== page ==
Bath continues to tempt exiting Londoners with a slower pace of life and a good variety of property. By London standards, Bath is affordable. The average price of a home is cheaper than London’s current average, £547,429. This reduced house price accounts for everything from gorgeous Georgian architecture (famous in the area), to interesting new builds and a range of flats set behind the classical Bath stone façade. Royal Crescent, the famous sweep of honey-coloured stone terrace houses is over 250 years old, while the city itself marks 33 years as a Unesco World Heritage Site. Home owners buying into Bath will also benefit from outstanding schools in the area, friendly locals, loads of independent shops and an exciting food scene. Surrounded by a landscape of rolling hills and river valleys, it’s the perfect blend of country and city.
Looking to buy, rent or sell in the area? Contact Winkworth Bath.
Distance to London: 81.9 miles
Average commute: 1h 16m
Average house price: £227,976 (over the last year)
With a swish new waterfront district overlooking the marina and good-value property, house prices in Ipswich are expected to grow exponentially in the next five years. It’s a gem for any Londoner looking for an easy-going pace of life, more bang for their buck when it comes to home prices and acres of green space on their doorstep. With direct trains to Liverpool Street, there’ll be plenty of commuters tempted by this historic town. What’s more, with a number of Ofsted-rated Outstanding schools in the area and more spectacular parks than most other UK towns, Ipswich is a brilliant choice for families looking to relocate.
Looking to buy, rent or sell in the area? Contact Winkworth Long Melford.
Distance to London: 63.7 miles
Average commute: 1h 21m
Average house price: £425,106 (over the last year)
Affectionately dubbed ‘London by the Sea’, Brighton unsurprisingly makes the list. For years the coastal city has attracted Londoners for its alternative lifestyle, good-quality housing that, while not cheap, is not extortionately priced, and plentiful supply of cafés, bars, restaurants and shops. Commuters tend to live within walking distance of the train station, within half a mile of the seafront. This is something buyers might want to place fairly high up on the list of priorities, since parking around Brighton can be tricky during the tourist months. However there are various areas that house-hunters will aim for; North Laine, West Hill and Clifton are close to the station, now gentrified with modern two-bedroom apartments, boutiques and antiques shops. You can find a three-to four-bedroom Regency house with distant sea views in the Montpelier and Clifton Hill suburbs. On Brighton’s Millionaires’ Row, beside the private girls’ school and opposite the marina, large mansions with prime waterfront locations sell for over £1m.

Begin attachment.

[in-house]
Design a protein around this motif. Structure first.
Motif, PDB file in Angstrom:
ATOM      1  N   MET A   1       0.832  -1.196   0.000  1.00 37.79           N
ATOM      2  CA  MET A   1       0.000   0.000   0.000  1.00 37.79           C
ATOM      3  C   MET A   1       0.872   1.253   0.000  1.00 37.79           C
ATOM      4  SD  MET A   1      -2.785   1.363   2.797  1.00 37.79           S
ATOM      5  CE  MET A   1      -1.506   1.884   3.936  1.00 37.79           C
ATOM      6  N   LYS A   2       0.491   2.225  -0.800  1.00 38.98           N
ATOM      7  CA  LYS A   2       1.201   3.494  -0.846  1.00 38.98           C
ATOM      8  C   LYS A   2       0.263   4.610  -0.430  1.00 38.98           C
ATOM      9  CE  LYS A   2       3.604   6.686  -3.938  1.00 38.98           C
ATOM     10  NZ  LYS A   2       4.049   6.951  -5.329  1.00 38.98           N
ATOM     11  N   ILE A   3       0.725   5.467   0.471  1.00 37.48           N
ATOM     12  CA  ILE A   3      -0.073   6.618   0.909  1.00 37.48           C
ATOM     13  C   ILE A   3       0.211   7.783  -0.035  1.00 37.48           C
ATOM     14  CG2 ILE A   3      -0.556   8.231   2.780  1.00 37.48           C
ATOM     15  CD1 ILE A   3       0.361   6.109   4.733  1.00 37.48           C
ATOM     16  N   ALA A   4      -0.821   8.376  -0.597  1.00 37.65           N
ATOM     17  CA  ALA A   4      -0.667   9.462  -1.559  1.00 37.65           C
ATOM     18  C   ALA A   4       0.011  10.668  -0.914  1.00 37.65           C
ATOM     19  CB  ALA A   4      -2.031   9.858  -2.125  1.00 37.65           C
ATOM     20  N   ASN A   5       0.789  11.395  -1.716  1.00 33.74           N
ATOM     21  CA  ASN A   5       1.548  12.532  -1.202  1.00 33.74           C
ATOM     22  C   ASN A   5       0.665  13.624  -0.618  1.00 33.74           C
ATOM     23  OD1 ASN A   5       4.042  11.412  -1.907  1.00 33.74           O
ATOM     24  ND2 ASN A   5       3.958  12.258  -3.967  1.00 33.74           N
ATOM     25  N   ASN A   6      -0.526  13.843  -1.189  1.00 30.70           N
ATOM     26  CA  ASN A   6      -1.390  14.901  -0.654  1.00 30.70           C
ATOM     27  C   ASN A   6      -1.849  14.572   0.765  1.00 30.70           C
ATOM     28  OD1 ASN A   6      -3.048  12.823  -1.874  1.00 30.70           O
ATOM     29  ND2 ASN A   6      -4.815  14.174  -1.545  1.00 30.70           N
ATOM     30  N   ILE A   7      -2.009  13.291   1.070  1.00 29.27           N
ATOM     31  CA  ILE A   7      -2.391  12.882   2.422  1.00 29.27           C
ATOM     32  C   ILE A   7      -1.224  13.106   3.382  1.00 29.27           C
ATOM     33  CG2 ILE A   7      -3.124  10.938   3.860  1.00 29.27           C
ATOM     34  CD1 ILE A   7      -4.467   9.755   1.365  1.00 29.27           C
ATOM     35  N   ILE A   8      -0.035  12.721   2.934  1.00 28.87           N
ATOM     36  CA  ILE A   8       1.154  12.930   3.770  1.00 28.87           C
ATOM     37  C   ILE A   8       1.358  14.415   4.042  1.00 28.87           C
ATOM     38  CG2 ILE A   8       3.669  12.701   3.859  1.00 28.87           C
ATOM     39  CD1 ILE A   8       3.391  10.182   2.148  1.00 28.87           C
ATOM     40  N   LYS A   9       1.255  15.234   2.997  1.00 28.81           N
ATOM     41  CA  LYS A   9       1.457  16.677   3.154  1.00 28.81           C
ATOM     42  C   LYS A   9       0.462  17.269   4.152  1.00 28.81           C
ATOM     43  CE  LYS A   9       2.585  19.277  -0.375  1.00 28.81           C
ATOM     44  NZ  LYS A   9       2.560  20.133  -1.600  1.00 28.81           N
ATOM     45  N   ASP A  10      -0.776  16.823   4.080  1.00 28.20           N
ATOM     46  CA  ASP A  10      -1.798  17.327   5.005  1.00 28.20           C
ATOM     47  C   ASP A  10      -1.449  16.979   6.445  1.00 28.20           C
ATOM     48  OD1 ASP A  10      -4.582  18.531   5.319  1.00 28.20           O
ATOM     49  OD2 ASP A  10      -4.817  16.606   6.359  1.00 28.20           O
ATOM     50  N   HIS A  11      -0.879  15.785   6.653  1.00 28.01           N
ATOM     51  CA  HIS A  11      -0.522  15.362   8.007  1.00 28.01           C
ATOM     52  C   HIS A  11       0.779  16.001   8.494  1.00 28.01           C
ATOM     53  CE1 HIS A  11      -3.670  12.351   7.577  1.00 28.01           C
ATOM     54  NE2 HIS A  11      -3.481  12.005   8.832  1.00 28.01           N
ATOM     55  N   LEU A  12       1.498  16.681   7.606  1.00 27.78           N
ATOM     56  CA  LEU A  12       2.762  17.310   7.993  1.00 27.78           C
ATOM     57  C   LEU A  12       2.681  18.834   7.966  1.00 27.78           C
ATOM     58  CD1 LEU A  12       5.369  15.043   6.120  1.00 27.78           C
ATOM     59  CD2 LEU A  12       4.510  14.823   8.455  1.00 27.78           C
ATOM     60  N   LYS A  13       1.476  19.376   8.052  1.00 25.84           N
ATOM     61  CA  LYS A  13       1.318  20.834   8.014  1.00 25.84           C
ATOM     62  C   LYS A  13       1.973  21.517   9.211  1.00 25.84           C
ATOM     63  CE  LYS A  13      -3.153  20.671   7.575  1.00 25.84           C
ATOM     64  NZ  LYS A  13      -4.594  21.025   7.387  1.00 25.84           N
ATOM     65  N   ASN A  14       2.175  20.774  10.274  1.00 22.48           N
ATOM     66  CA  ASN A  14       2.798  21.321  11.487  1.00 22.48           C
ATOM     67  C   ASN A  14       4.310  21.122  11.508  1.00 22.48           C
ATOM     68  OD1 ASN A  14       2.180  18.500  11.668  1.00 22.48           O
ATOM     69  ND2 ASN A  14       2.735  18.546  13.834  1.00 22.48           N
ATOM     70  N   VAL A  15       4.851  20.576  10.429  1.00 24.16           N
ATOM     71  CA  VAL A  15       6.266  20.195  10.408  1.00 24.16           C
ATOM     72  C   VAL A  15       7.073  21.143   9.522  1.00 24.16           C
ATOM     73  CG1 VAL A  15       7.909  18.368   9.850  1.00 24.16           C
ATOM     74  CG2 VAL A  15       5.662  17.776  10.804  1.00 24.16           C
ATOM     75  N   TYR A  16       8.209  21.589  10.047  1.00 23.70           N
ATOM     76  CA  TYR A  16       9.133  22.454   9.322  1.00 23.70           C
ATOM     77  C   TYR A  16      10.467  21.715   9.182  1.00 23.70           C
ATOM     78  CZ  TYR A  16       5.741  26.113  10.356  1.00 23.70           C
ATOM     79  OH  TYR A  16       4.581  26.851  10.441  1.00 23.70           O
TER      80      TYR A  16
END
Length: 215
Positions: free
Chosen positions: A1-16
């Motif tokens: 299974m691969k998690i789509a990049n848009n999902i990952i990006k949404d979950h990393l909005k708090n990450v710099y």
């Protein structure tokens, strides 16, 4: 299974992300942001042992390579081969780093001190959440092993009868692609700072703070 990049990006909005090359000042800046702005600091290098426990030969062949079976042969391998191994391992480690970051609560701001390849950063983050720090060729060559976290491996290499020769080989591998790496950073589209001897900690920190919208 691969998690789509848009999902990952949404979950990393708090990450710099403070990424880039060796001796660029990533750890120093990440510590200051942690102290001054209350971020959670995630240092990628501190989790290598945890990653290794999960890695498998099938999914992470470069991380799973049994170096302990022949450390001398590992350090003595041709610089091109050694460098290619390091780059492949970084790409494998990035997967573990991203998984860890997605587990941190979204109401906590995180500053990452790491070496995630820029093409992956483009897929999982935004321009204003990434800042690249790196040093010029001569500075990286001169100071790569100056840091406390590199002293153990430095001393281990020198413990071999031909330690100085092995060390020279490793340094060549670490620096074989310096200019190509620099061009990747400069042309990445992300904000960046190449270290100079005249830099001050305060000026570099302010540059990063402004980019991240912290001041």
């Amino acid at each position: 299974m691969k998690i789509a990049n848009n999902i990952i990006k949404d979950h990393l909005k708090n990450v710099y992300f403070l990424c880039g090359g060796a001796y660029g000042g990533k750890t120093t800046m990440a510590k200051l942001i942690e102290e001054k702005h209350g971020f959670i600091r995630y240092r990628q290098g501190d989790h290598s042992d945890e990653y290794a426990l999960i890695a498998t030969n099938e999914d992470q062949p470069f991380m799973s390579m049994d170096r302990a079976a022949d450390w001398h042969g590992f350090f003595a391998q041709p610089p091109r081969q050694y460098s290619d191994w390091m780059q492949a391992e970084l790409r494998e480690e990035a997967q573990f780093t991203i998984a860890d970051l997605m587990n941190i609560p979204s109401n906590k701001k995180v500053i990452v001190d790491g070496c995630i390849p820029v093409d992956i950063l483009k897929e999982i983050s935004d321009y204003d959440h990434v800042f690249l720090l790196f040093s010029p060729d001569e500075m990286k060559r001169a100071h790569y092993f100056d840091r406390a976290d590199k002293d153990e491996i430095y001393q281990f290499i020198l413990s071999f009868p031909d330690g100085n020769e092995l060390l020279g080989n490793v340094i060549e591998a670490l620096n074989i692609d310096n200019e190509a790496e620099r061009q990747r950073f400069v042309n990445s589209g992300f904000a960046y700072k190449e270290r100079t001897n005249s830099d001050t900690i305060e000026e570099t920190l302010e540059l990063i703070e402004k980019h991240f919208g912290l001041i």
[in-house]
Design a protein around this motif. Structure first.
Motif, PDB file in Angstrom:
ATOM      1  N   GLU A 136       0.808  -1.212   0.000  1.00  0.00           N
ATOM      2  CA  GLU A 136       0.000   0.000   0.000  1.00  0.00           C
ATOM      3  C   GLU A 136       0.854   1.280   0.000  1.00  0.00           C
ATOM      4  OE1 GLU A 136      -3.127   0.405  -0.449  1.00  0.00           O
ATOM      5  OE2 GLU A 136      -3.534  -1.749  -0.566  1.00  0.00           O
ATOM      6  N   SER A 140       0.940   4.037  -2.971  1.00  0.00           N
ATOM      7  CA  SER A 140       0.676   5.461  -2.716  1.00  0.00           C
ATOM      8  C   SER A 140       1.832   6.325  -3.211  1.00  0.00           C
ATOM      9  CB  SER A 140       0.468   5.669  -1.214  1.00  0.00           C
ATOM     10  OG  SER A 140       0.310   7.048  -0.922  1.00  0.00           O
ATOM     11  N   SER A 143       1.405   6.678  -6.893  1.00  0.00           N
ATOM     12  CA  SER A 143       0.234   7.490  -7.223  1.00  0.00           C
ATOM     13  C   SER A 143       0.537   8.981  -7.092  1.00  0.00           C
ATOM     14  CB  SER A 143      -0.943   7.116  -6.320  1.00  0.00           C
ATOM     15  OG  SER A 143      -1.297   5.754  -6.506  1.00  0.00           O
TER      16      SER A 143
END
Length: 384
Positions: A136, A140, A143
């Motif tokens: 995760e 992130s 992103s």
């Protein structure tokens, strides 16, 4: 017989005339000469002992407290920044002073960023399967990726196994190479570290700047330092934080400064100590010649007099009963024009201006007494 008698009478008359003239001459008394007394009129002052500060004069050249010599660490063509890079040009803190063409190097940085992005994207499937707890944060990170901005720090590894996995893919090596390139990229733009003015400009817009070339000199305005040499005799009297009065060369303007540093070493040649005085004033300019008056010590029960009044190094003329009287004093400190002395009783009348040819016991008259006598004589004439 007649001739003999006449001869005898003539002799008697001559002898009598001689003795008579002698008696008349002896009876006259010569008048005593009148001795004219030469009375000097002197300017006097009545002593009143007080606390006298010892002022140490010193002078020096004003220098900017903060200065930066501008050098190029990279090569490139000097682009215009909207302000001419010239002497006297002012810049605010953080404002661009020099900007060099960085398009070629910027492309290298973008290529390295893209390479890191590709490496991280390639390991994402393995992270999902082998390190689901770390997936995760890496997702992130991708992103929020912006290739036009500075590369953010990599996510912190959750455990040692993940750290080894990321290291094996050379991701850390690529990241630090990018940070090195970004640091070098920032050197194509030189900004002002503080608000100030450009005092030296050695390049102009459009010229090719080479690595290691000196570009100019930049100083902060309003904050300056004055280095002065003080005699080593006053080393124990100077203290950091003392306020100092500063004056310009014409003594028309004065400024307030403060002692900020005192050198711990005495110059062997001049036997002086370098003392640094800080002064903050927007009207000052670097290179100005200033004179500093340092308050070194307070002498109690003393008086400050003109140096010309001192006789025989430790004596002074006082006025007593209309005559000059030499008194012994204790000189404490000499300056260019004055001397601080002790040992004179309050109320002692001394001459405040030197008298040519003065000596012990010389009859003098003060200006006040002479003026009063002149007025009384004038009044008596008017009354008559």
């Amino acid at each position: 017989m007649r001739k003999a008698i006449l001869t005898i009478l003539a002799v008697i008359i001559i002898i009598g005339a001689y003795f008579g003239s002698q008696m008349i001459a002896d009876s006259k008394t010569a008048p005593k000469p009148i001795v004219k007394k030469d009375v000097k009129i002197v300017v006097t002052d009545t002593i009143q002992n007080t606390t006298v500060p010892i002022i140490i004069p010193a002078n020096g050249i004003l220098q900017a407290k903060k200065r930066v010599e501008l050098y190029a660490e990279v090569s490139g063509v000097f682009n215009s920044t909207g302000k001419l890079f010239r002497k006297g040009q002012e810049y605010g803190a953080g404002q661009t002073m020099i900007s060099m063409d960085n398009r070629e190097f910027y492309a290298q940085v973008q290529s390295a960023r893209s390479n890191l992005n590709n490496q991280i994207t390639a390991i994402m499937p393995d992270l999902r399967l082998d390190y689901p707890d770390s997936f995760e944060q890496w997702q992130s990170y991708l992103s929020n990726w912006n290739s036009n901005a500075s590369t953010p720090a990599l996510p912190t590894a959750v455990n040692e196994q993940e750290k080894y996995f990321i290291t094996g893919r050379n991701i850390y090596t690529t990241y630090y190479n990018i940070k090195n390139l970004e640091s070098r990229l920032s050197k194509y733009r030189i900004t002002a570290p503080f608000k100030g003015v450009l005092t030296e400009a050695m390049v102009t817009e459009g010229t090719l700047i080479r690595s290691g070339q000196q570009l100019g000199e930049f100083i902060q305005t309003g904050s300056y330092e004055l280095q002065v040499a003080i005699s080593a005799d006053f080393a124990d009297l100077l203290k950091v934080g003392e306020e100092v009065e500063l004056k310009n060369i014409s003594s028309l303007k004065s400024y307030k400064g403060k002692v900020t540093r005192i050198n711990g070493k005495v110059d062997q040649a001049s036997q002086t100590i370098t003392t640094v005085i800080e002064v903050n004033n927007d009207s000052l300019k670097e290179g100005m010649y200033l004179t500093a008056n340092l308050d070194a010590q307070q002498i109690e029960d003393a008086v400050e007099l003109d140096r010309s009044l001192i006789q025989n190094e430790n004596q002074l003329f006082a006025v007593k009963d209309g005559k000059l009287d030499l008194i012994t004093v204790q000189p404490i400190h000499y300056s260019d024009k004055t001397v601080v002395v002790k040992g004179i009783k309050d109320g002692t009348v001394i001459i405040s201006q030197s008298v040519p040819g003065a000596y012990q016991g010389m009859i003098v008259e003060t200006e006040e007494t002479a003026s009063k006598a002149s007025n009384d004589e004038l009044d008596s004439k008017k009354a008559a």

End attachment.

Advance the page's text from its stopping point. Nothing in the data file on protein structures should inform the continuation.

Looking to buy, rent or sell in the area? Contact Winkworth Brighton & Hove.
Distance to London: 105 miles
Average commute: 1h 50m
Average house price: £402,824 (over the last year)
Unlike Brighton, you don’t quite get sea views from Christchurch, but this lovely market town is a six-minute drive from the popular beach at Mudeford and also has the New Forest on its doorstep. The commute into the capital from Christchurch is by no means difficult, with the mainline station offering a regular service to London Waterloo. It’s also possible to get to Bournemouth in eight minutes and Southampton in 49 minutes on the excellent railway. The town has a fantastic variety of shops, bars and restaurants, as well as a number of very good primary and secondary schools. With Poole’s Millionaire’s Row, aka Sandbanks at one end and Mudeford - with some of the most expensive beach huts on record - at the other, property prices can vary hugely. For house-hunters with a moderate budget, there are reasonably-priced homes around West Christchurch, gorgeous cottages in Purewell and the centre, and well-priced Victorian semis between Fairmile and Barrack roads.